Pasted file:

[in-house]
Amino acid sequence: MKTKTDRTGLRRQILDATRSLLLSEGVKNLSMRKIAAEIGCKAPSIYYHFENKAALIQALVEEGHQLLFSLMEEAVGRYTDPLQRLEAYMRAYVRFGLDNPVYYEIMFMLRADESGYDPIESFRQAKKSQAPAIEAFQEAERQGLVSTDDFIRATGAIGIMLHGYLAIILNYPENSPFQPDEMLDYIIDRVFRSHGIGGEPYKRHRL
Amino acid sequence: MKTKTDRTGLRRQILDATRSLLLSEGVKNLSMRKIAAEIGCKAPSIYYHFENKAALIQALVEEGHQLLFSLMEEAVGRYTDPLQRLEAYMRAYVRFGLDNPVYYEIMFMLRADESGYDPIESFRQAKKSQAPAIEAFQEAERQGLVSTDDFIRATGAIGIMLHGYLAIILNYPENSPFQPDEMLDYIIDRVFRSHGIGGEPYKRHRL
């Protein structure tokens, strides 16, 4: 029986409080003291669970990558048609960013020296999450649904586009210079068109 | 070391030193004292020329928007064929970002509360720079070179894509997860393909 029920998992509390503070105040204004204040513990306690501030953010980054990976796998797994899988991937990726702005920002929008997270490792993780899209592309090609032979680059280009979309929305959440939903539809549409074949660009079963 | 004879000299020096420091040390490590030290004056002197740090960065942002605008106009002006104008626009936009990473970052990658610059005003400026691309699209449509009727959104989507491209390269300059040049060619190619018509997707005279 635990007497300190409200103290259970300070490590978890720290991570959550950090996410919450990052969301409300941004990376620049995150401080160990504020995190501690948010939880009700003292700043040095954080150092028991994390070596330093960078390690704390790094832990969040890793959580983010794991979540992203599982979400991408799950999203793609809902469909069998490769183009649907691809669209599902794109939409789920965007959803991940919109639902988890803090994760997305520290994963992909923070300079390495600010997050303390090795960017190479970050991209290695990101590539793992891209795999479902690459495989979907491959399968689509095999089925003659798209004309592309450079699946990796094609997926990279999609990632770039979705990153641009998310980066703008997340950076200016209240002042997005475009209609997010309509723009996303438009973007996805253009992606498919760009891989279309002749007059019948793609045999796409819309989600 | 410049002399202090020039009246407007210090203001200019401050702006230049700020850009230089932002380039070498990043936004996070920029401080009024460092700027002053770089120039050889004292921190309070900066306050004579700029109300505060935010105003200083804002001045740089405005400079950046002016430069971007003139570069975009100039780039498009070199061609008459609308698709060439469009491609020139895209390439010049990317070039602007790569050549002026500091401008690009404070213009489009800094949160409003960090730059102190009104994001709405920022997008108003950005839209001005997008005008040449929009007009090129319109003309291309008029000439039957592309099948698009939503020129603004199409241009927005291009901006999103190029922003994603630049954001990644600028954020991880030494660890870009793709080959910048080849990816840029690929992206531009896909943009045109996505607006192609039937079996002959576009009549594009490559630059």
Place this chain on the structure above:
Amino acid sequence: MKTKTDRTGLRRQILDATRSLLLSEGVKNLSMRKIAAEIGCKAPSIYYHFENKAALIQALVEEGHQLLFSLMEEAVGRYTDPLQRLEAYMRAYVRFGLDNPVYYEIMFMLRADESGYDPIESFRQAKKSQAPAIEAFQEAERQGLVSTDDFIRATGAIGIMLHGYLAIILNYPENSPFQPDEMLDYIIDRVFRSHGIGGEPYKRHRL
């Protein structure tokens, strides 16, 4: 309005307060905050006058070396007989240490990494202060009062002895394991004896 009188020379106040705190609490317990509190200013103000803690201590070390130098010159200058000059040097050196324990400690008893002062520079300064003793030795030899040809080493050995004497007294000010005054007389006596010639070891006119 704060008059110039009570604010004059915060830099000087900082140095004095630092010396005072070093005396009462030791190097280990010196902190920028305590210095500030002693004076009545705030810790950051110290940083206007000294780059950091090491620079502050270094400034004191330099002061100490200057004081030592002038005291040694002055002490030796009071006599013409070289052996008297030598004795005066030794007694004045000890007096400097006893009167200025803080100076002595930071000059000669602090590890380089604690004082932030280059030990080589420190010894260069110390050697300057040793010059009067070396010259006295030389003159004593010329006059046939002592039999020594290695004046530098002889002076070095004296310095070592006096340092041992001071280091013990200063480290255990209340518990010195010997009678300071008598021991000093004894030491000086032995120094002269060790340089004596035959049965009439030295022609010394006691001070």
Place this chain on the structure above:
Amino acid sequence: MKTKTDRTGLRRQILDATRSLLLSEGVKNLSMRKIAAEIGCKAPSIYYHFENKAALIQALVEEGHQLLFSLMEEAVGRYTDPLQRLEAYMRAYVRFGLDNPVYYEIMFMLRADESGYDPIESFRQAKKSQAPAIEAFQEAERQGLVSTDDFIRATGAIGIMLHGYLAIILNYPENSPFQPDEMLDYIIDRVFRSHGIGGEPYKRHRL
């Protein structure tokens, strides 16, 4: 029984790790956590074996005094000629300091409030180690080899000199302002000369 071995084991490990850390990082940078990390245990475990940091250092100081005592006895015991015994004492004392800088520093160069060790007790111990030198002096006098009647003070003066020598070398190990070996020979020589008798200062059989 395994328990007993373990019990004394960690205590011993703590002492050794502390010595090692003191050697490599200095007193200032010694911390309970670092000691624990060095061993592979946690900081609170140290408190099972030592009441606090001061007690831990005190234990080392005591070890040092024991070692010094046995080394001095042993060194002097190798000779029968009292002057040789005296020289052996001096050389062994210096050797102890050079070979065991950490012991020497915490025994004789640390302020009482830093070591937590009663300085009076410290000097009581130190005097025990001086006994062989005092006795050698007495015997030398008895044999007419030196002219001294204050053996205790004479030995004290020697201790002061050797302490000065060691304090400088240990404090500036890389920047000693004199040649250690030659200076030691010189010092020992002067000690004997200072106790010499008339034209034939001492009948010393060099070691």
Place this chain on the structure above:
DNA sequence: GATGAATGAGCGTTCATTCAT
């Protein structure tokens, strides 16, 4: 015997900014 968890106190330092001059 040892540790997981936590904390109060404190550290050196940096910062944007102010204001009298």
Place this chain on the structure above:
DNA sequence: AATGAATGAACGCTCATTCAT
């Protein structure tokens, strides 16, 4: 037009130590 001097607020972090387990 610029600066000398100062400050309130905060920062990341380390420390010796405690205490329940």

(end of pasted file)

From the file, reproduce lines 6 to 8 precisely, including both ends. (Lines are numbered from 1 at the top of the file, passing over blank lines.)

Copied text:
Amino acid sequence: MKTKTDRTGLRRQILDATRSLLLSEGVKNLSMRKIAAEIGCKAPSIYYHFENKAALIQALVEEGHQLLFSLMEEAVGRYTDPLQRLEAYMRAYVRFGLDNPVYYEIMFMLRADESGYDPIESFRQAKKSQAPAIEAFQEAERQGLVSTDDFIRATGAIGIMLHGYLAIILNYPENSPFQPDEMLDYIIDRVFRSHGIGGEPYKRHRL
């Protein structure tokens, strides 16, 4: 309005307060905050006058070396007989240490990494202060009062002895394991004896 009188020379106040705190609490317990509190200013103000803690201590070390130098010159200058000059040097050196324990400690008893002062520079300064003793030795030899040809080493050995004497007294000010005054007389006596010639070891006119 704060008059110039009570604010004059915060830099000087900082140095004095630092010396005072070093005396009462030791190097280990010196902190920028305590210095500030002693004076009545705030810790950051110290940083206007000294780059950091090491620079502050270094400034004191330099002061100490200057004081030592002038005291040694002055002490030796009071006599013409070289052996008297030598004795005066030794007694004045000890007096400097006893009167200025803080100076002595930071000059000669602090590890380089604690004082932030280059030990080589420190010894260069110390050697300057040793010059009067070396010259006295030389003159004593010329006059046939002592039999020594290695004046530098002889002076070095004296310095070592006096340092041992001071280091013990200063480290255990209340518990010195010997009678300071008598021991000093004894030491000086032995120094002269060790340089004596035959049965009439030295022609010394006691001070």
Place this chain on the structure above: